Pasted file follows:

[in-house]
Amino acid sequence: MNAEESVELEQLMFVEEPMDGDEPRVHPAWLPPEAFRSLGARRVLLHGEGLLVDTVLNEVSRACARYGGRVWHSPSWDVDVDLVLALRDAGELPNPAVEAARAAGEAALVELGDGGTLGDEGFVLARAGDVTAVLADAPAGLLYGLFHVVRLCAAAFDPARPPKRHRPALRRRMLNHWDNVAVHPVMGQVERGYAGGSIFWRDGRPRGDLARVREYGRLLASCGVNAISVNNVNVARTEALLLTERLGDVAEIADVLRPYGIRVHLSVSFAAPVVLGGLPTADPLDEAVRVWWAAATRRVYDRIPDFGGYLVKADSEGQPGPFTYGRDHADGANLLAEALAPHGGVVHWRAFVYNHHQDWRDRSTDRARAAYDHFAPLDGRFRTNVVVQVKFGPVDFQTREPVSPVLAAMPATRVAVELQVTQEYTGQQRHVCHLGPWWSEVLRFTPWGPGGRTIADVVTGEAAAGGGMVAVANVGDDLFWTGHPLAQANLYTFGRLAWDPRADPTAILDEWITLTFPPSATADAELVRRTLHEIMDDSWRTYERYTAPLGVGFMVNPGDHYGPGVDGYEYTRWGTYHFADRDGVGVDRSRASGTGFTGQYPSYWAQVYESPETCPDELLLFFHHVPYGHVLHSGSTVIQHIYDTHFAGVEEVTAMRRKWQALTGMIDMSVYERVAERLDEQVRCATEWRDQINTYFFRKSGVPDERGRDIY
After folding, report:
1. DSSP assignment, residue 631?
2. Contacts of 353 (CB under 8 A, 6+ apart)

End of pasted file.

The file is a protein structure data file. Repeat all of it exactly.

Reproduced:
[in-house]
Amino acid sequence: MNAEESVELEQLMFVEEPMDGDEPRVHPAWLPPEAFRSLGARRVLLHGEGLLVDTVLNEVSRACARYGGRVWHSPSWDVDVDLVLALRDAGELPNPAVEAARAAGEAALVELGDGGTLGDEGFVLARAGDVTAVLADAPAGLLYGLFHVVRLCAAAFDPARPPKRHRPALRRRMLNHWDNVAVHPVMGQVERGYAGGSIFWRDGRPRGDLARVREYGRLLASCGVNAISVNNVNVARTEALLLTERLGDVAEIADVLRPYGIRVHLSVSFAAPVVLGGLPTADPLDEAVRVWWAAATRRVYDRIPDFGGYLVKADSEGQPGPFTYGRDHADGANLLAEALAPHGGVVHWRAFVYNHHQDWRDRSTDRARAAYDHFAPLDGRFRTNVVVQVKFGPVDFQTREPVSPVLAAMPATRVAVELQVTQEYTGQQRHVCHLGPWWSEVLRFTPWGPGGRTIADVVTGEAAAGGGMVAVANVGDDLFWTGHPLAQANLYTFGRLAWDPRADPTAILDEWITLTFPPSATADAELVRRTLHEIMDDSWRTYERYTAPLGVGFMVNPGDHYGPGVDGYEYTRWGTYHFADRDGVGVDRSRASGTGFTGQYPSYWAQVYESPETCPDELLLFFHHVPYGHVLHSGSTVIQHIYDTHFAGVEEVTAMRRKWQALTGMIDMSVYERVAERLDEQVRCATEWRDQINTYFFRKSGVPDERGRDIY
After folding, report:
1. DSSP assignment, residue 631?
2. Contacts of 353 (CB under 8 A, 6+ apart)